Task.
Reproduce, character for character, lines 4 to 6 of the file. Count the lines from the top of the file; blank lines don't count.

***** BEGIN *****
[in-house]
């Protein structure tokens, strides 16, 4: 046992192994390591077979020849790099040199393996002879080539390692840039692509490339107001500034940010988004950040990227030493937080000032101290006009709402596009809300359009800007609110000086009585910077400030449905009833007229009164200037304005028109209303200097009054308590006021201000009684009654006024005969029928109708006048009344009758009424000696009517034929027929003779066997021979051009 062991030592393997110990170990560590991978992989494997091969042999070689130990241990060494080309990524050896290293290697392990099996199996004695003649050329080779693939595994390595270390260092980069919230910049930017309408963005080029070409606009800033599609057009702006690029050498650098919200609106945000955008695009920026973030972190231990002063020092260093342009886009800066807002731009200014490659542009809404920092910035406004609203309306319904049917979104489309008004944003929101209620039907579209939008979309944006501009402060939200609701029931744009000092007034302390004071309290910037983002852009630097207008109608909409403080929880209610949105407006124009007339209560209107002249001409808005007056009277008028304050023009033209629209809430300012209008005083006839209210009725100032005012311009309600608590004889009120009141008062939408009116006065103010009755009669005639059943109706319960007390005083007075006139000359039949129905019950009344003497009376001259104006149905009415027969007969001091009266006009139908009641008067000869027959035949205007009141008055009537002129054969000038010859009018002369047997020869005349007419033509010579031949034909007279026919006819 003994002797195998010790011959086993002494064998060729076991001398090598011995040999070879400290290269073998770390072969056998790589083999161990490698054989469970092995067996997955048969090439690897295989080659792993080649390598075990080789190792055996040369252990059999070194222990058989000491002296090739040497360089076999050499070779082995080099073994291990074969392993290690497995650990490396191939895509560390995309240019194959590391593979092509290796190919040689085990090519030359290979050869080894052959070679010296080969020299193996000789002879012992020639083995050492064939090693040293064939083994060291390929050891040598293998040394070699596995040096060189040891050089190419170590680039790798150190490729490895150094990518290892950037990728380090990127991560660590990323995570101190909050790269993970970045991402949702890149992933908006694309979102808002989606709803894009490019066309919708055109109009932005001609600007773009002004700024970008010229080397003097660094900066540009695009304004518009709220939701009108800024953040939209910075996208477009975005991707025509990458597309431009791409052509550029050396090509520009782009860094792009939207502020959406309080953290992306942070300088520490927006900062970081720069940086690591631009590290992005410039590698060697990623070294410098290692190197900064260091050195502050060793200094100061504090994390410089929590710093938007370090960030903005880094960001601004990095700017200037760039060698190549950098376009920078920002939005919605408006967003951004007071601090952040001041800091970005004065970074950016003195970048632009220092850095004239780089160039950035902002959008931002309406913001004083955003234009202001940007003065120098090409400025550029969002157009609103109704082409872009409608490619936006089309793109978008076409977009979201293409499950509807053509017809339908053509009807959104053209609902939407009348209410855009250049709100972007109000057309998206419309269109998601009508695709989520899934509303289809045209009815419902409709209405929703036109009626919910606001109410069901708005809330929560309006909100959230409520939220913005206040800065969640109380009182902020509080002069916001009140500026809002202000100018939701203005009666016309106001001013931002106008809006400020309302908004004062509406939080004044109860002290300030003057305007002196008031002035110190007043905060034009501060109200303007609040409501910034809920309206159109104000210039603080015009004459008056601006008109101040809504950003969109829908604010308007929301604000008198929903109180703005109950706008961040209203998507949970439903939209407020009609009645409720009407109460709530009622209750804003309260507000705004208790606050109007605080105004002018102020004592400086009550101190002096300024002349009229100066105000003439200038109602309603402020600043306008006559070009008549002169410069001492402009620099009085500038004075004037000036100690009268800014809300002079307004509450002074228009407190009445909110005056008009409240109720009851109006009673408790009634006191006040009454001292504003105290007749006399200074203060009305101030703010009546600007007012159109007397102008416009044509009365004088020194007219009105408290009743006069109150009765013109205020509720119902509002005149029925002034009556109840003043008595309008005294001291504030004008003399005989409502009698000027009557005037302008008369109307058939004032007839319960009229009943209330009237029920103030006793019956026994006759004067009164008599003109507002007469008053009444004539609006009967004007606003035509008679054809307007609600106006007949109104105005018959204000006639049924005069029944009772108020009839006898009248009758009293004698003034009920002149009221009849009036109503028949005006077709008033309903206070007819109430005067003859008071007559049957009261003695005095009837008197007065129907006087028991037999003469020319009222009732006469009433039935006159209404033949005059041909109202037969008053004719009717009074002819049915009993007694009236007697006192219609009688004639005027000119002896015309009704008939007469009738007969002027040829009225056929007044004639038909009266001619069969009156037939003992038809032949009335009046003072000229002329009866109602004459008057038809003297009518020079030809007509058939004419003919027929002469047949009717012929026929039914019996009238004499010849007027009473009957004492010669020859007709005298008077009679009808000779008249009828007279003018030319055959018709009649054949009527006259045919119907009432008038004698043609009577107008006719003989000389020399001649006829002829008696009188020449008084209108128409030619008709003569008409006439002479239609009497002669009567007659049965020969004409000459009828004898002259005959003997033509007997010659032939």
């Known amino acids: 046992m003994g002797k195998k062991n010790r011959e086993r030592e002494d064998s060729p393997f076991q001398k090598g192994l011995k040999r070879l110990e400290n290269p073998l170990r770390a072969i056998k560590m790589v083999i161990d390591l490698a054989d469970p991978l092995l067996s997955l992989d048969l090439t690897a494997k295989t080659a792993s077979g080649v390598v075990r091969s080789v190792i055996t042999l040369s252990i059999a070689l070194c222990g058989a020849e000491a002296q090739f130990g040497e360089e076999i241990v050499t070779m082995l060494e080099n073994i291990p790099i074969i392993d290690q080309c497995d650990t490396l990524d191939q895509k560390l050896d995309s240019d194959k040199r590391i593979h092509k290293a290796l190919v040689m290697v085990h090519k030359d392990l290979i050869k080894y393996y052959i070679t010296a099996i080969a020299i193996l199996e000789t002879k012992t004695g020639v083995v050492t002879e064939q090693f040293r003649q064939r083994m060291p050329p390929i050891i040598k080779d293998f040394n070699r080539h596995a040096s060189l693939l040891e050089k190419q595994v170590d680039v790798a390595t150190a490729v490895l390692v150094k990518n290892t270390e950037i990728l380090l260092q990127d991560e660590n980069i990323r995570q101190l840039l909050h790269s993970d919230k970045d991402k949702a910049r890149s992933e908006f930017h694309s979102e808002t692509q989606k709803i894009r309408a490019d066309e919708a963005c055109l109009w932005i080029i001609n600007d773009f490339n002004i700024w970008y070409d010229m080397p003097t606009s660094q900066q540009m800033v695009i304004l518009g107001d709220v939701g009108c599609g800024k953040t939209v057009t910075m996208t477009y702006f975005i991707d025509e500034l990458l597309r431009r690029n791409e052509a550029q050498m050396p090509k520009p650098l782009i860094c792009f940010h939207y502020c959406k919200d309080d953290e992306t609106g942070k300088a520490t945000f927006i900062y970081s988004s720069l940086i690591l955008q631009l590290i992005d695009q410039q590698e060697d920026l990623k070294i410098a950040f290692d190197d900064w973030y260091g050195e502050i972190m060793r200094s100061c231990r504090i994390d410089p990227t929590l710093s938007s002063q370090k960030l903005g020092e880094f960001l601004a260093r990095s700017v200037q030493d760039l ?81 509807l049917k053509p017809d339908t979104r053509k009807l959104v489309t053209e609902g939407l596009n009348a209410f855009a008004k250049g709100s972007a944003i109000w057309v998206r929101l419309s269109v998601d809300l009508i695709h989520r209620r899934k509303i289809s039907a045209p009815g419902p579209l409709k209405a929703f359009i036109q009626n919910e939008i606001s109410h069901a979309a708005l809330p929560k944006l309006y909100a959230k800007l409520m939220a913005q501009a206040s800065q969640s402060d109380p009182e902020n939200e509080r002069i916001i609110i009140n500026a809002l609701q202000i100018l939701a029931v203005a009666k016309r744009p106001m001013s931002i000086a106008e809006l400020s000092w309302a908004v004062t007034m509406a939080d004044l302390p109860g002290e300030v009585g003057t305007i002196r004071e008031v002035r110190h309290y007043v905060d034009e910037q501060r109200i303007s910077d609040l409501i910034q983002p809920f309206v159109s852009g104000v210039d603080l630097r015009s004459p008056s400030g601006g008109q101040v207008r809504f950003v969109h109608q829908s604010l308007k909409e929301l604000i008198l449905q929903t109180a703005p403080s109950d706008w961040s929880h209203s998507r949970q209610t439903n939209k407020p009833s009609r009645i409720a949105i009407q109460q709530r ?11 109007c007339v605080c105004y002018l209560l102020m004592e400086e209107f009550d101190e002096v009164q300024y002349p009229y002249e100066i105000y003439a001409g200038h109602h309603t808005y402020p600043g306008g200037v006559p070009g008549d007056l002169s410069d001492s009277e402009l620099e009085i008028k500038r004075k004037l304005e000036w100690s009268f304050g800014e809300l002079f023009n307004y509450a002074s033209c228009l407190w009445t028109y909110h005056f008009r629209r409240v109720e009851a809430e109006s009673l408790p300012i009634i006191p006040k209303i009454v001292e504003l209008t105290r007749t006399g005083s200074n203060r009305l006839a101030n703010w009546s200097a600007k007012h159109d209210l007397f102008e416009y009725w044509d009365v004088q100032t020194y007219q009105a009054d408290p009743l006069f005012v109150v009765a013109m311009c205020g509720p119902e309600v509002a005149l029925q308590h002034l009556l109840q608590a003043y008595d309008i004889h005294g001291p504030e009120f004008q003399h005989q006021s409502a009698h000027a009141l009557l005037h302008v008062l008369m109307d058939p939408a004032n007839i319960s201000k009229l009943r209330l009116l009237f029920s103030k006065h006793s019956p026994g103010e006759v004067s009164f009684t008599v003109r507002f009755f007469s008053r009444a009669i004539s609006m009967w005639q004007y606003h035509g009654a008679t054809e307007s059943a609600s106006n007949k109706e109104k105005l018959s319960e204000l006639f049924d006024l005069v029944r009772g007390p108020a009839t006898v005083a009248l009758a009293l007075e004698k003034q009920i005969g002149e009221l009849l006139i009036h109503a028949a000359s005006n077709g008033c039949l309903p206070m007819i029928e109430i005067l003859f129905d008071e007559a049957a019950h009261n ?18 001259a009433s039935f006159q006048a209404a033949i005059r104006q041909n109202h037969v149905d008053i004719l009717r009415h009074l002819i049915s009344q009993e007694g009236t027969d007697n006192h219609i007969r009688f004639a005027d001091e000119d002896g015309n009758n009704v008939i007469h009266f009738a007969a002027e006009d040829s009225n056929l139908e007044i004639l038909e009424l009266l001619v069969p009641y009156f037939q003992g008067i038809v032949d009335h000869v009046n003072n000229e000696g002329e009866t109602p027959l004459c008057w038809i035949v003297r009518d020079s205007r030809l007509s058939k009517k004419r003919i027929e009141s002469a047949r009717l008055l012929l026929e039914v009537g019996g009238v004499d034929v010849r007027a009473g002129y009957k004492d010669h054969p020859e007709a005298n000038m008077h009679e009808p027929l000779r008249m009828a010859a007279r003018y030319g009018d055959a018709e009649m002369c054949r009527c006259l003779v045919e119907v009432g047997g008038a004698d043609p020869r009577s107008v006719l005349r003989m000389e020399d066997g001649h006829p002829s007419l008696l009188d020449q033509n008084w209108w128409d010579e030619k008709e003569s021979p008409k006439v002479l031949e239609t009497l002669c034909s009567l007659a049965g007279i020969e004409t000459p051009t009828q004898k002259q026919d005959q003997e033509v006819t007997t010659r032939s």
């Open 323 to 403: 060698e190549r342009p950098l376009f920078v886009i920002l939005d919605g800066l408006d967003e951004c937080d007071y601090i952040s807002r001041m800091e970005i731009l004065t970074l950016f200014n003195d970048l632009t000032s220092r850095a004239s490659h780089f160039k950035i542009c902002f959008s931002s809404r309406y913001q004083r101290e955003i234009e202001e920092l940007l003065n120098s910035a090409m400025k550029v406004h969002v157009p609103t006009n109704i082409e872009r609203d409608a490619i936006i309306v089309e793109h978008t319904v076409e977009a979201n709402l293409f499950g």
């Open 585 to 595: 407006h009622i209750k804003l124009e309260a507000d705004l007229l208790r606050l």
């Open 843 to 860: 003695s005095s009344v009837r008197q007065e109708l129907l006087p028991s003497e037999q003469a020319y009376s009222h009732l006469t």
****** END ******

């Open 323 to 403: 060698e190549r342009p950098l376009f920078v886009i920002l939005d919605g800066l408006d967003e951004c937080d007071y601090i952040s807002r001041m800091e970005i731009l004065t970074l950016f200014n003195d970048l632009t000032s220092r850095a004239s490659h780089f160039k950035i542009c902002f959008s931002s809404r309406y913001q004083r101290e955003i234009e202001e920092l940007l003065n120098s910035a090409m400025k550029v406004h969002v157009p609103t006009n109704i082409e872009r609203d409608a490619i936006i309306v089309e793109h978008t319904v076409e977009a979201n709402l293409f499950g």
């Open 585 to 595: 407006h009622i209750k804003l124009e309260a507000d705004l007229l208790r606050l």
């Open 843 to 860: 003695s005095s009344v009837r008197q007065e109708l129907l006087p028991s003497e037999q003469a020319y009376s009222h009732l006469t």